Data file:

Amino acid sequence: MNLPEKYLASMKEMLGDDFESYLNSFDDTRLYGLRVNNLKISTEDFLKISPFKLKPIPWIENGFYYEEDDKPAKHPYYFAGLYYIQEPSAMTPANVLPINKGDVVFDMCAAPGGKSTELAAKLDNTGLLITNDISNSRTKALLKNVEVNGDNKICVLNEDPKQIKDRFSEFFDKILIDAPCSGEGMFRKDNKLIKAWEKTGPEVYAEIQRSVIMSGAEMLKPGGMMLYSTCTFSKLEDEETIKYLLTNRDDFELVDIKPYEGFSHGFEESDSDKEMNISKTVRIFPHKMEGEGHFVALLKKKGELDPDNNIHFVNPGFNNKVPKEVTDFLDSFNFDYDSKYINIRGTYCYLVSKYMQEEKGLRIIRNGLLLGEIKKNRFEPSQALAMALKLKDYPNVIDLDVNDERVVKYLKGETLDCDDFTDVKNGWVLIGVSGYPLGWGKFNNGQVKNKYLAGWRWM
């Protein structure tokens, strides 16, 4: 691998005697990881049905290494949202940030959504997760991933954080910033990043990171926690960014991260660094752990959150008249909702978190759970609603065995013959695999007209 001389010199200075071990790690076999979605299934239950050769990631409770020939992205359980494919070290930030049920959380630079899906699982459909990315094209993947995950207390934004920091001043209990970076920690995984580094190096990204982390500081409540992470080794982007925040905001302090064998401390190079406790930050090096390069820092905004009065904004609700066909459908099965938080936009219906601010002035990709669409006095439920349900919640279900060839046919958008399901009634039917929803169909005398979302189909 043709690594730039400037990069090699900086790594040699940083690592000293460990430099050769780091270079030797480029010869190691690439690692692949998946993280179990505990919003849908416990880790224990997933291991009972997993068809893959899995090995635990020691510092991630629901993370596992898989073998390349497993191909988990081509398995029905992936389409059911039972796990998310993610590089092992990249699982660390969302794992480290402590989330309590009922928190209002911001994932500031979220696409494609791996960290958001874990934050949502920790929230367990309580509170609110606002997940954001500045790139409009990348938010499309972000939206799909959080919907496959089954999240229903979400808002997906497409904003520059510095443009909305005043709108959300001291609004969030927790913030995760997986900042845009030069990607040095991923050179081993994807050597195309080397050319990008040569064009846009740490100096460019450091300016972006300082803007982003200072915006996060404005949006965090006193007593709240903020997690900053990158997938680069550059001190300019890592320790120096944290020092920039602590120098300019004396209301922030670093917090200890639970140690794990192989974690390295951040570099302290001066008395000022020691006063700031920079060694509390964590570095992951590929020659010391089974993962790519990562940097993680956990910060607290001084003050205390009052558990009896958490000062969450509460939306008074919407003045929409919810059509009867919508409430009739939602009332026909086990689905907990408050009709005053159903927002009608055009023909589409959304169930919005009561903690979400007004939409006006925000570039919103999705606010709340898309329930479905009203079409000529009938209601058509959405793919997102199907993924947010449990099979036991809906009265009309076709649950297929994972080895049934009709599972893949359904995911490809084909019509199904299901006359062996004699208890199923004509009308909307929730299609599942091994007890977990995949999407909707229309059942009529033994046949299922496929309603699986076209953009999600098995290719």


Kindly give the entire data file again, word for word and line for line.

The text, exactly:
Amino acid sequence: MNLPEKYLASMKEMLGDDFESYLNSFDDTRLYGLRVNNLKISTEDFLKISPFKLKPIPWIENGFYYEEDDKPAKHPYYFAGLYYIQEPSAMTPANVLPINKGDVVFDMCAAPGGKSTELAAKLDNTGLLITNDISNSRTKALLKNVEVNGDNKICVLNEDPKQIKDRFSEFFDKILIDAPCSGEGMFRKDNKLIKAWEKTGPEVYAEIQRSVIMSGAEMLKPGGMMLYSTCTFSKLEDEETIKYLLTNRDDFELVDIKPYEGFSHGFEESDSDKEMNISKTVRIFPHKMEGEGHFVALLKKKGELDPDNNIHFVNPGFNNKVPKEVTDFLDSFNFDYDSKYINIRGTYCYLVSKYMQEEKGLRIIRNGLLLGEIKKNRFEPSQALAMALKLKDYPNVIDLDVNDERVVKYLKGETLDCDDFTDVKNGWVLIGVSGYPLGWGKFNNGQVKNKYLAGWRWM
């Protein structure tokens, strides 16, 4: 691998005697990881049905290494949202940030959504997760991933954080910033990043990171926690960014991260660094752990959150008249909702978190759970609603065995013959695999007209 001389010199200075071990790690076999979605299934239950050769990631409770020939992205359980494919070290930030049920959380630079899906699982459909990315094209993947995950207390934004920091001043209990970076920690995984580094190096990204982390500081409540992470080794982007925040905001302090064998401390190079406790930050090096390069820092905004009065904004609700066909459908099965938080936009219906601010002035990709669409006095439920349900919640279900060839046919958008399901009634039917929803169909005398979302189909 043709690594730039400037990069090699900086790594040699940083690592000293460990430099050769780091270079030797480029010869190691690439690692692949998946993280179990505990919003849908416990880790224990997933291991009972997993068809893959899995090995635990020691510092991630629901993370596992898989073998390349497993191909988990081509398995029905992936389409059911039972796990998310993610590089092992990249699982660390969302794992480290402590989330309590009922928190209002911001994932500031979220696409494609791996960290958001874990934050949502920790929230367990309580509170609110606002997940954001500045790139409009990348938010499309972000939206799909959080919907496959089954999240229903979400808002997906497409904003520059510095443009909305005043709108959300001291609004969030927790913030995760997986900042845009030069990607040095991923050179081993994807050597195309080397050319990008040569064009846009740490100096460019450091300016972006300082803007982003200072915006996060404005949006965090006193007593709240903020997690900053990158997938680069550059001190300019890592320790120096944290020092920039602590120098300019004396209301922030670093917090200890639970140690794990192989974690390295951040570099302290001066008395000022020691006063700031920079060694509390964590570095992951590929020659010391089974993962790519990562940097993680956990910060607290001084003050205390009052558990009896958490000062969450509460939306008074919407003045929409919810059509009867919508409430009739939602009332026909086990689905907990408050009709005053159903927002009608055009023909589409959304169930919005009561903690979400007004939409006006925000570039919103999705606010709340898309329930479905009203079409000529009938209601058509959405793919997102199907993924947010449990099979036991809906009265009309076709649950297929994972080895049934009709599972893949359904995911490809084909019509199904299901006359062996004699208890199923004509009308909307929730299609599942091994007890977990995949999407909707229309059942009529033994046949299922496929309603699986076209953009999600098995290719």